Appreciated letter, which keeps her connected to Red Cloud.  Worries about the town when reading about weather in Omaha, Kansas City, and Denver in the New York HeraldPauline and Lydia Lambrecht write that all the old settlers are moving out.  Thankful this didn't happen while father was alive.  All the world is troubled—Spain, for instance.  Food prices are causing hardships in Paris, and the Hambourgs having a difficult time.  Even Grand Manan is having poor weather that has aggravated her rheumatic shoulder.  Edith has boils from a black-fly bite.  Both have felt lethargic since the twins left, and she is not working.  Is putting off writing to Carrie, who will have a hard time with Margie's death.  Many difficult things now.  Should have been easier with mother and father, but one must fight hard when young.  Appreciates Elsie's caring for cemetery lot and encloses a check for $25, twenty for the upkeep of the lot and five for the Church Guild.  Much love.    Willie 


To Elsie CatherJuly 14, [1934]UNL-Rosowski Cather 

Appreciates Elsie's letter from Hastings and is pleased to learn that Bess does not have cancer. The heat is terrible. Has been hoping to see a cooler, wetter forecast when reading about the Midwest's weather in the [New York] Tribune, but it never comes. Feel pity for all, particularly the elderly. Would say it's punishment for the world's latest ideas and ways if she were a Catholic. Very hot in New York when she was finishing the book [Lucy Gayheart], but didn't really mind thanks to cool mornings and Josephine's good nature and creative housekeeping. The typist [Sarah Bloom?] could not keep the purple ink from running and smearing the manuscripts. Had to send dirty manuscripts to both the magazine [Woman's Home Companion] and Alfred Knopf. Both are thrilled with the book. Sent draft to Jan Hambourg to check musical material and received cable in return declaring the book to be her finest one. Not true, but it has good form. All directed toward the end. Had to put it down for four months when it was going well or it would be even better. Is sending a check now in case Elsie needs something for medical expenses, since getting to Grand Manan will put her out of touch for a while. Virginia cried at news of Bess's illness and has fond memories of her. Paper says that Charles is in Red Cloud. How has the town reacted to Will Auld? Does Elsie ever see the Aulds? Amazed that Bess gave Tom money for school—cannot respect him. Elsie should use part of enclosed money to buy electric fans—was a great relief to have them in the Grosvenor Hotel. Feels guilty going where it's cool, but could not read proofs in the heat of Red Cloud. Fears Elsie thinks her selfish, but the many letters she receives indicate her books serve a purpose for many readers and give others something to gossip about. No matter how strong and charitable she was, she could not do more for people than that. Not that she writes them for that reason, but that is their effect. Integrity is always positive, regardless of the form it takes. With love and sympathy.   Willie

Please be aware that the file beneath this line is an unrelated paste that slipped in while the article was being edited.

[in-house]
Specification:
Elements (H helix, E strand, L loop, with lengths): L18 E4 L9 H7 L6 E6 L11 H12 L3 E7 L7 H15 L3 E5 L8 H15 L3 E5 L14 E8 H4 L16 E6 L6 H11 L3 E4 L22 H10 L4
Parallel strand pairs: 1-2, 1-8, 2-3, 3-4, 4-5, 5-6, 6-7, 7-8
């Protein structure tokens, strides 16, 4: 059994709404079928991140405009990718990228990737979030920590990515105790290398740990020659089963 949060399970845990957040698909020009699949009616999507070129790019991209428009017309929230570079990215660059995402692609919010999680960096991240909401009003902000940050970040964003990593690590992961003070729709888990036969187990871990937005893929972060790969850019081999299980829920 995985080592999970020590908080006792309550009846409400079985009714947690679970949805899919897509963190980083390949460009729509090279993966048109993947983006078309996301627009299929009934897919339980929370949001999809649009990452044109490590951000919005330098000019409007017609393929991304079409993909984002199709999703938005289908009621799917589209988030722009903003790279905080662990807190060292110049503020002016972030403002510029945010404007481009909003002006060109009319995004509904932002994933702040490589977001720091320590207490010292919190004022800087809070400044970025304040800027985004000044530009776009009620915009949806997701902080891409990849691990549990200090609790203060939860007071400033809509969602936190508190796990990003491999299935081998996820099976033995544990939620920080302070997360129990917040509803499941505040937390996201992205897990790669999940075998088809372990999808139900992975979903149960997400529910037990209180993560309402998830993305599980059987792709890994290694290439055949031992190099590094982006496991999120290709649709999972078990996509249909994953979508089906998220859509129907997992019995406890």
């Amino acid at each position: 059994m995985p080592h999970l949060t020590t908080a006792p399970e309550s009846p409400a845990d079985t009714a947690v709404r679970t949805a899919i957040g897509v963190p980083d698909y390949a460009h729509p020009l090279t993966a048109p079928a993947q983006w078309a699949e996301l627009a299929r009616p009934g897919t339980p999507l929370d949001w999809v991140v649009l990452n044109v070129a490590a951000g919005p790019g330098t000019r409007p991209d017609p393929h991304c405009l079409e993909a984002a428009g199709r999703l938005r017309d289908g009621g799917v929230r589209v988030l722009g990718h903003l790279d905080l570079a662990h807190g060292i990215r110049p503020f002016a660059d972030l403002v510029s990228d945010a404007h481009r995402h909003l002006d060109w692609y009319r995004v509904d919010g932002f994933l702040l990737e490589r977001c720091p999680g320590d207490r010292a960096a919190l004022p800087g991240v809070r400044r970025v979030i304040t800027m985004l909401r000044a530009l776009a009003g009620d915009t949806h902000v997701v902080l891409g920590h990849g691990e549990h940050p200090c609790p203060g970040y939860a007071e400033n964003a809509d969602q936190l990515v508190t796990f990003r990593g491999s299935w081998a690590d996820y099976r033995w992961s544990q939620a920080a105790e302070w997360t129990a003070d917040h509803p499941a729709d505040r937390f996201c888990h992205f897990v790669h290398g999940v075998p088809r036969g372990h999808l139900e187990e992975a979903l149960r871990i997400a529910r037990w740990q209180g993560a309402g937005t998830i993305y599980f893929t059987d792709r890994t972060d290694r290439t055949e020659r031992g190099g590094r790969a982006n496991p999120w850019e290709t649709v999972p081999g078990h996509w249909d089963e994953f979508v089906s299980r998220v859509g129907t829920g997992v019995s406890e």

To Elsie CatherJanuary 14, 1937, with clipping of an article from the New York Herald Tribune entitled "A Great Farewell" ; UNL-Rosowski Cather 

Enclosed editorial represents the New York view on the matter [of the abdication of England's King Edward VIII]. American media created such a stature for the woman [ Wallis Simpson ] that he could not have separated from her even if he wished to. Church officials probably wouldn't have minded if he put "duty" before "happiness," but the public wouldn't have respected him if he did. With such fierce public attention on the relationship, he couldn't really let her go, even though she may seem to be of low character to many. Kings struggle to have any sincere friends, and she seemed like one to him.   W.